A taste of neglected fruits | AspenTimes.com

A taste of neglected fruits

Anna Naeser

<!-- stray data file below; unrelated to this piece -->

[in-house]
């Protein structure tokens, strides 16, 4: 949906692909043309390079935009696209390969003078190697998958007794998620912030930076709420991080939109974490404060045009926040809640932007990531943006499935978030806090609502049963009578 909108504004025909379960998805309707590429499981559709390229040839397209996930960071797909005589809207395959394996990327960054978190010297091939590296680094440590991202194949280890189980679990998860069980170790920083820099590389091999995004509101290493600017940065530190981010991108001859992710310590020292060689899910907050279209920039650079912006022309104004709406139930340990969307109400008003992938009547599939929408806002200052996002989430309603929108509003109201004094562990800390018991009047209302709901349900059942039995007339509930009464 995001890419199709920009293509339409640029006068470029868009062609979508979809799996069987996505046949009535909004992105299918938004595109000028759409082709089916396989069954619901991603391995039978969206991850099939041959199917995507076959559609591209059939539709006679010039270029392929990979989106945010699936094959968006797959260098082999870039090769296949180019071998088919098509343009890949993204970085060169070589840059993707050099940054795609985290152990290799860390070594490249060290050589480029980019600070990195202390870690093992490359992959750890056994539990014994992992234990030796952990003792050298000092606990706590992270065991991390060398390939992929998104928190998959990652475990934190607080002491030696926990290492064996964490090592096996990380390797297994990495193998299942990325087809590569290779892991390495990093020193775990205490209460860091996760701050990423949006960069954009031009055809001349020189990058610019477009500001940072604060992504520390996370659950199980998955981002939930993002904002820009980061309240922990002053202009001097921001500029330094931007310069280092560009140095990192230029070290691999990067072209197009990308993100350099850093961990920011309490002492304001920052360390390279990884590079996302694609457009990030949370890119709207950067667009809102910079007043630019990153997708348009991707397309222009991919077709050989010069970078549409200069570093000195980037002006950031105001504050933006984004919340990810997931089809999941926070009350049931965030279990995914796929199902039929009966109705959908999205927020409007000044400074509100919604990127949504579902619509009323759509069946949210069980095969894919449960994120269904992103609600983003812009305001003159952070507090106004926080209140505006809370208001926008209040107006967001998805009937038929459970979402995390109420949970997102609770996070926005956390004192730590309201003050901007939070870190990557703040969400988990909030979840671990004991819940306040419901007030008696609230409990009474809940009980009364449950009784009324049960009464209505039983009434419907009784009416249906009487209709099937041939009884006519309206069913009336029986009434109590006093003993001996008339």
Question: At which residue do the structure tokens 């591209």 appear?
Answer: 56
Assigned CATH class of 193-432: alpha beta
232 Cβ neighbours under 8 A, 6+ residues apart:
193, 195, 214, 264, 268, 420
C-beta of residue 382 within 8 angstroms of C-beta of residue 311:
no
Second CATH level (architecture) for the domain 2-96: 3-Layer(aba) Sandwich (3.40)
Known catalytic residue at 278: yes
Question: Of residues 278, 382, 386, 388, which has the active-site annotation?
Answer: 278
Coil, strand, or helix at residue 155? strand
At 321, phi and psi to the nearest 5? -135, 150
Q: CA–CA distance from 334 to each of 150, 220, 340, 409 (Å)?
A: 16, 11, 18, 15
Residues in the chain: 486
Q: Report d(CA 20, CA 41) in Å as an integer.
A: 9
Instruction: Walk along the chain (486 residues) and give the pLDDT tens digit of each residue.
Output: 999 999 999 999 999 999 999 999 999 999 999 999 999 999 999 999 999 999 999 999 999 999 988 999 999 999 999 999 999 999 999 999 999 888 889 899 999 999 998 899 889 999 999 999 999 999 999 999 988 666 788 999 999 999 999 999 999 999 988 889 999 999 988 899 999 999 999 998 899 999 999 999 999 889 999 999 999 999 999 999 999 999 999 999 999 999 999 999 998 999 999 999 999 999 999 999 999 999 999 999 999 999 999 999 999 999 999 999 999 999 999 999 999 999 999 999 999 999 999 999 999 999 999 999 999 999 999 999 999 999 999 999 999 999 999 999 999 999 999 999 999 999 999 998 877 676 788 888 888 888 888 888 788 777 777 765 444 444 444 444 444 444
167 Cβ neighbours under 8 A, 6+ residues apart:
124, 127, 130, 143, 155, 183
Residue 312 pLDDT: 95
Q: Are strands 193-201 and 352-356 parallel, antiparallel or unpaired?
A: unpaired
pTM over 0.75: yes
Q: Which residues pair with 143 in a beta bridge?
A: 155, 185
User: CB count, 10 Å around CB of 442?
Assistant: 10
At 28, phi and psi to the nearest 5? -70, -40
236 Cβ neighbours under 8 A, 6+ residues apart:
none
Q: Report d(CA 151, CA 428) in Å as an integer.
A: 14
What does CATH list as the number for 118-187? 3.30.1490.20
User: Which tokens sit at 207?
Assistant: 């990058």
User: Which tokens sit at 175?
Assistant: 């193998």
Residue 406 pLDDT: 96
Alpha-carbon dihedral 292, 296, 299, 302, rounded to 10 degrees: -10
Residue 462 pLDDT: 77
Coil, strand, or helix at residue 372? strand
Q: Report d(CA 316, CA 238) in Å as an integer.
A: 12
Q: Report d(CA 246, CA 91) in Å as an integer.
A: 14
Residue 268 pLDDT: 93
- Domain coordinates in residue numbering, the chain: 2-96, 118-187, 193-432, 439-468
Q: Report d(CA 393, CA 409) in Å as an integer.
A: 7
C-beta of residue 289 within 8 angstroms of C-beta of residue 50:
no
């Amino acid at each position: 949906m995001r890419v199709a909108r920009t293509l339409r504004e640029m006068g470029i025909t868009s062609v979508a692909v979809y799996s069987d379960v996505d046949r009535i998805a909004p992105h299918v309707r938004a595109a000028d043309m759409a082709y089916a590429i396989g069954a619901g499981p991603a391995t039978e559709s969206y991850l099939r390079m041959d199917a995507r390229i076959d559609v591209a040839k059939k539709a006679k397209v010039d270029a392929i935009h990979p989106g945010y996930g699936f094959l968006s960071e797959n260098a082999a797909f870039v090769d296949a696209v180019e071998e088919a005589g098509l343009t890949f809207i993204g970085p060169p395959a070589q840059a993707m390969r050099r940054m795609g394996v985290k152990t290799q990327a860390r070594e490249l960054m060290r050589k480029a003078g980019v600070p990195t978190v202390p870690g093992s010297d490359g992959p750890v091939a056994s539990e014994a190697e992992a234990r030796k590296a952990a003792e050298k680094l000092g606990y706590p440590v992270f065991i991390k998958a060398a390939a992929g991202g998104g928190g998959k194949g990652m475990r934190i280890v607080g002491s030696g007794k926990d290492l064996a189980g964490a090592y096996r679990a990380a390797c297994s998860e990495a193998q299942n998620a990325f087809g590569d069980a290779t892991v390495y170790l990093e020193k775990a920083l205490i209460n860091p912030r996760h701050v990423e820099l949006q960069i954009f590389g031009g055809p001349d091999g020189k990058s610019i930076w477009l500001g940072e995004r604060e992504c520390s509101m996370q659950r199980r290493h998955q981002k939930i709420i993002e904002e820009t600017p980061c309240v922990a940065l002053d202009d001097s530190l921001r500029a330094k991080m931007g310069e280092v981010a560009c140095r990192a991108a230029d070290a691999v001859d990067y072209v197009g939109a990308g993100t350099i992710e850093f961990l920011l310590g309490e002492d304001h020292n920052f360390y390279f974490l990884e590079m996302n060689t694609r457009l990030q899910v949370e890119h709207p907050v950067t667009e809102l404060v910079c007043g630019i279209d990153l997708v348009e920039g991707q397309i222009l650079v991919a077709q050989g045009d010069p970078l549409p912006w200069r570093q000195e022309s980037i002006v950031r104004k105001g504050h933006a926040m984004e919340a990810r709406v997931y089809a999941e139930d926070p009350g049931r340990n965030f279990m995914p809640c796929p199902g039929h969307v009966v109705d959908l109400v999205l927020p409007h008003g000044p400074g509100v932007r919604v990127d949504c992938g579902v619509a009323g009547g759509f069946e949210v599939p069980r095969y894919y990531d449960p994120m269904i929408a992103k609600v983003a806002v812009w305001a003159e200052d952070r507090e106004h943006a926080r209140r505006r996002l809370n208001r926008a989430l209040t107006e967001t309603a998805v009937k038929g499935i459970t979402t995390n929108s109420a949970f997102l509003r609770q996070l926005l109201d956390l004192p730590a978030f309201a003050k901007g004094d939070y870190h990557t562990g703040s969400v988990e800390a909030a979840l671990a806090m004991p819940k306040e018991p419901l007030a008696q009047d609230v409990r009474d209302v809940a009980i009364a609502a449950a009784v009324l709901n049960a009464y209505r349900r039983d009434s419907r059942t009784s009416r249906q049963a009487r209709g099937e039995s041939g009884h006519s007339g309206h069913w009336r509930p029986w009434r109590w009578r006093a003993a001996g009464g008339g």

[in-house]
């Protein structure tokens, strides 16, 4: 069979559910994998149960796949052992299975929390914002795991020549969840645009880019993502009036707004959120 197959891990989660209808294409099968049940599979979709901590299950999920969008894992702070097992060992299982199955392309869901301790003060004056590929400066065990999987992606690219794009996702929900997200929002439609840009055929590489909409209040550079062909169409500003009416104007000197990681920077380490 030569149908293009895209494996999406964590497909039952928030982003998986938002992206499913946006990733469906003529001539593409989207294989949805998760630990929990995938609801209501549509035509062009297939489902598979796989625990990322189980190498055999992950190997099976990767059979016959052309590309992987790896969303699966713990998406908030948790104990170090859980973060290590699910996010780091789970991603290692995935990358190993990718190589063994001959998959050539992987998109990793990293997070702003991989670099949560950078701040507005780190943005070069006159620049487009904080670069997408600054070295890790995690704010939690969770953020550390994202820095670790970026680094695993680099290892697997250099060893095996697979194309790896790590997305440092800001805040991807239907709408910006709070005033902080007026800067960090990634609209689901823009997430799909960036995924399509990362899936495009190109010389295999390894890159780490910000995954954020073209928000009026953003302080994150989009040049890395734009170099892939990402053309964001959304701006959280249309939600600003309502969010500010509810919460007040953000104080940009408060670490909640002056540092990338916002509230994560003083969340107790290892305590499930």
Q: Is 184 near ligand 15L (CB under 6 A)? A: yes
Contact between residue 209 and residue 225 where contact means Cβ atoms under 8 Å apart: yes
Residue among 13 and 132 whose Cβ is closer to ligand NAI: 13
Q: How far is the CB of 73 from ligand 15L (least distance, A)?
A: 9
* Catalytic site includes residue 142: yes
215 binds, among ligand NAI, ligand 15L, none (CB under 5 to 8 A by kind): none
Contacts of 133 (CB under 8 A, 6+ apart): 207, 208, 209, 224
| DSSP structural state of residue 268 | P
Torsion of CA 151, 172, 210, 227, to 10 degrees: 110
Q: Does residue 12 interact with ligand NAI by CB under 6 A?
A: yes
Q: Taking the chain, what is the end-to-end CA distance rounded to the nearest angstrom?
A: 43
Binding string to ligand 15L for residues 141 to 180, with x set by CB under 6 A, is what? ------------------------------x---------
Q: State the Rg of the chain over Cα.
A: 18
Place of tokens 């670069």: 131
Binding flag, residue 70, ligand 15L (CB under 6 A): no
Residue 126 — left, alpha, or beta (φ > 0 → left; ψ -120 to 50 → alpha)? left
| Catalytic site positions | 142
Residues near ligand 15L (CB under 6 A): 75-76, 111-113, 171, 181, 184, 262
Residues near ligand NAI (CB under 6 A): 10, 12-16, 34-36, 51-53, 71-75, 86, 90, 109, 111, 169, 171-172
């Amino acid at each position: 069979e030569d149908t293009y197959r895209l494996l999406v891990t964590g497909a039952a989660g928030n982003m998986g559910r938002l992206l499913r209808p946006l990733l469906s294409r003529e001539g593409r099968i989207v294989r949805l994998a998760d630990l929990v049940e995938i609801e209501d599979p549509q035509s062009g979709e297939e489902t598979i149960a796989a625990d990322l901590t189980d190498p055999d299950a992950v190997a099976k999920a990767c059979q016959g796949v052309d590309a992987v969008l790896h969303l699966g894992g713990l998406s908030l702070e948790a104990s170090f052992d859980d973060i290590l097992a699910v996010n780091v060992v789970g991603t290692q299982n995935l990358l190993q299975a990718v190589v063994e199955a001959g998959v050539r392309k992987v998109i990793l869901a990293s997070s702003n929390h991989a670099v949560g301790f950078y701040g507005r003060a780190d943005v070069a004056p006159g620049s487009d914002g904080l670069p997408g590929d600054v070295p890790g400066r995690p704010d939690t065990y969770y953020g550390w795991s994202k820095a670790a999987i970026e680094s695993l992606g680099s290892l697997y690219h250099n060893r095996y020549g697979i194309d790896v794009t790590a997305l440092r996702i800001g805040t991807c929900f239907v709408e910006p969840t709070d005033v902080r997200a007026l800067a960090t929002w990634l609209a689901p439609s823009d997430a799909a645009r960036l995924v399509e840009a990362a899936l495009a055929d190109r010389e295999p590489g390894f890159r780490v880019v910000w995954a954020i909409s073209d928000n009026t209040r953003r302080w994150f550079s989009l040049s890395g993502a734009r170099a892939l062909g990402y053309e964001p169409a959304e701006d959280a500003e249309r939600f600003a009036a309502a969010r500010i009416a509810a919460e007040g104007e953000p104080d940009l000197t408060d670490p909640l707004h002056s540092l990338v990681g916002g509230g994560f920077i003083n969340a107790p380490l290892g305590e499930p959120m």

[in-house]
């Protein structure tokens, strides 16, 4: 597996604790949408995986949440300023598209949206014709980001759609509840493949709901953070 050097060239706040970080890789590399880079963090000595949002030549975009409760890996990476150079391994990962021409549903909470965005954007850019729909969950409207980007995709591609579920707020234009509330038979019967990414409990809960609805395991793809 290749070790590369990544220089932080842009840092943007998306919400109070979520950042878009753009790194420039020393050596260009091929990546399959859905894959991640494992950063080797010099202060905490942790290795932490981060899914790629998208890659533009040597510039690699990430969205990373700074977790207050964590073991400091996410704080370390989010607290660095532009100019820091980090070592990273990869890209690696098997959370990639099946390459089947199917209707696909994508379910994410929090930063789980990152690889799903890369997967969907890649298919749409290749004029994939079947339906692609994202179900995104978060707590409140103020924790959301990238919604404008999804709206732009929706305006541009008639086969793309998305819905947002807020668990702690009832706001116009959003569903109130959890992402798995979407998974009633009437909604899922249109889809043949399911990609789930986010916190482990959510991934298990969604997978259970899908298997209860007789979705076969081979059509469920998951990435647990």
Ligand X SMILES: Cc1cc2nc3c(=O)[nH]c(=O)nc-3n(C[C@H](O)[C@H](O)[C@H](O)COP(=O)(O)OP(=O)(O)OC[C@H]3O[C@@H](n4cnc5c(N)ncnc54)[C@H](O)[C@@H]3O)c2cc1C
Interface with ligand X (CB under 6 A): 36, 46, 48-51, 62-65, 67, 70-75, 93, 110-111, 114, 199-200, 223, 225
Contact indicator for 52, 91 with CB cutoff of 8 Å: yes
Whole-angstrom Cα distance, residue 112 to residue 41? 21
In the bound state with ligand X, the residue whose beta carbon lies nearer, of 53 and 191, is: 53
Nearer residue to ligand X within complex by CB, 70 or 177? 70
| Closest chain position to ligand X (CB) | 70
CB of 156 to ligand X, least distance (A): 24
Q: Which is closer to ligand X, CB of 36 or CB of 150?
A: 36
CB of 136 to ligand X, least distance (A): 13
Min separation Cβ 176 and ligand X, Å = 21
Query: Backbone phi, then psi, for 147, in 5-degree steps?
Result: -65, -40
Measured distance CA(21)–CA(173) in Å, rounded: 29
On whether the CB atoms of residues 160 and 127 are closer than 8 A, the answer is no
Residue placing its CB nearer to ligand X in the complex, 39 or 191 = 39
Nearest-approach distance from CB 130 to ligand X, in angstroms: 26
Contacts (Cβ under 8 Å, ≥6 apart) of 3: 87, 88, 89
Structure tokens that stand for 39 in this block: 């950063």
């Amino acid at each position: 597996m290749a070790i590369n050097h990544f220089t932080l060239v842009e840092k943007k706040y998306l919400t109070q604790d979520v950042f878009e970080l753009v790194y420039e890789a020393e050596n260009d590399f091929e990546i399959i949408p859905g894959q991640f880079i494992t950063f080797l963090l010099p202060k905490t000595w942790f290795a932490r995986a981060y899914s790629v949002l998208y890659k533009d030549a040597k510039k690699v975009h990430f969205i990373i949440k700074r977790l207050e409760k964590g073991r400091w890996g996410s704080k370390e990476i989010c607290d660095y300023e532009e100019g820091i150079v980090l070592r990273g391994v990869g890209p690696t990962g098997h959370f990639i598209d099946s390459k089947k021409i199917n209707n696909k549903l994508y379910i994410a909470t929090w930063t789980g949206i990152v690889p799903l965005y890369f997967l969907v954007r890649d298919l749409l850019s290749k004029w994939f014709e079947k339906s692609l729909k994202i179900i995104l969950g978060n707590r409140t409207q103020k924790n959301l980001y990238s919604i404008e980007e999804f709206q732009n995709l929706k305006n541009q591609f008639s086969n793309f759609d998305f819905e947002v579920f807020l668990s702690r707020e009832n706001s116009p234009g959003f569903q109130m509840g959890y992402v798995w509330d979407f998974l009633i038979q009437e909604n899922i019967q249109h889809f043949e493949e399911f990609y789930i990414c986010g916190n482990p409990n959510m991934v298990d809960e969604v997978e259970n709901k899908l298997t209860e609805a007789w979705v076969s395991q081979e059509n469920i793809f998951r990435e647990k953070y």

The fruit harvest in my garden begins with rhubarb in May followed by currants and gooseberries in early July. Rhubarb needs no introduction, but I seldom encounter currants or gooseberries in local gardens. These offbeat fruits are hardy and adaptable and not only add a wonderful zing to my summer diet but are attractive shrubs in their own right.Technically not a fruit but a perennial herb, rhubarb still flourishes around some abandoned miner’s cabins. One of my old plants receives no care and no irrigation but what the sky grants, and though it is no prize specimen and dies down by mid-summer, it produces enough stalks for at least one cobbler every year. My favorite Rheum x cultorum is an Englishvariety called “Glaskins Perpetual,” which I grew from seed. Like crocuses, rhubarb leaves grow straight out of the ground. Broad, oversized and slightly ruffled on thick, smooth stems, they look tropical in a big container or among finer textured plants in a border. I was taught never to let it bolt, but I usually do and without noticeable consequence to the harvest, because the tall seed stalks with their cloud of incongruously tiny flowers on top sticking up over the leaves are so dramatic. Warning: Do not eat any part of rhubarb but the stalks – it’s poisonous. The stalks are delicious in pies and cobblers but also stewed, plain for a snack, over ice cream for dessert or on oatmeal for breakfast.I have no idea where my mother got them but she grew white, red and black currants and gooseberries. My currants host aphids and their ant herders. My gooseberries are armed with thorns. Both are banned or restricted in some states because they transmit a disease called pine blister rust. Compared to more readily available fruit like apricots these berries taste unfamiliar or sour. They tend to be small and seedy and a hassle to pick and clean.Most of us prefer our fruit sweet, although there must be a sizable contingent of people who are fans of tart flavors for the Granny Smith apple to be a supermarket staple. So what’s good about them?Currants and gooseberries are related, both derived from various Ribes (pronounced rye-bees) species. The Germans call currants “Johannisbeeren” after St. John and prize them. In my garden, they ripen in order of color and palatability. First are the white currants, faintly striped from stem to blossom end and transparent rather than white. The pearls of berries dangle like miniature grapes; I like to eat them fresh out of hand. Next come the shiny red currants, clusters of translucent jewels. If I didn’t care for the taste, I’d still grow them for their beauty. They make ruby red jelly and a beautiful fruit tart, but when baked in a pie, the seeds toughen and the flavor becomes more pungent.The French call black currants “cassis” and make a liqueur from them, and my mother makes a wonderful jam by boiling them with sugar and a bit of water until the consistency of very thick syrup. They are high in anti-oxidants and vitamin C but definitely an acquired taste.The gooseberries ripen at the same time as the red currants. Mine are best dead ripe, after they have changed color from green to burgundy striped with faint green and the skin is tart and crisp while the flesh is sweet and soft. To pick them, I gingerly lift up the branches so the berries now dangling free can be pulled off in handfuls. Cleaning them by pinching off the tiny stem and dry brown blossom end is picky and tedious work but James Beard has a recipe for gooseberry fool involving nothing more than the cooked, strained gooseberries, sugar and whipped cream that is utterly simple and simply heavenly!I looked hard for my rhubarb, cultivated currants and gooseberries years ago, and they were simply labeled “red currant” or “gooseberry.” The varieties intensively bred in Europe for flavor, size and ease of harvest were unavailable. Now a good selection of outstanding cultivars developed in countries like Canada, Bulgaria and Scotland can be ordered by mail or online. The Raintree Nursery catalog presents comprehensive information so clearly I use it as my reference guide. If you are the least bit adventuresome, let gooseberry fool, rhubarb cobbler and berry tart tempt you to grow at least one of these most underrated and underappreciated fruits.Anna is trying to find room to grow more kinds of unusual fruit in her Basalt garden, but neither her husband, Gerry, nor her dog, Maggie, are willing to give up any ground. Write her at mail@aspentimes.com. Please write Anna’s Garden Column # Garden in the e-mail subject line.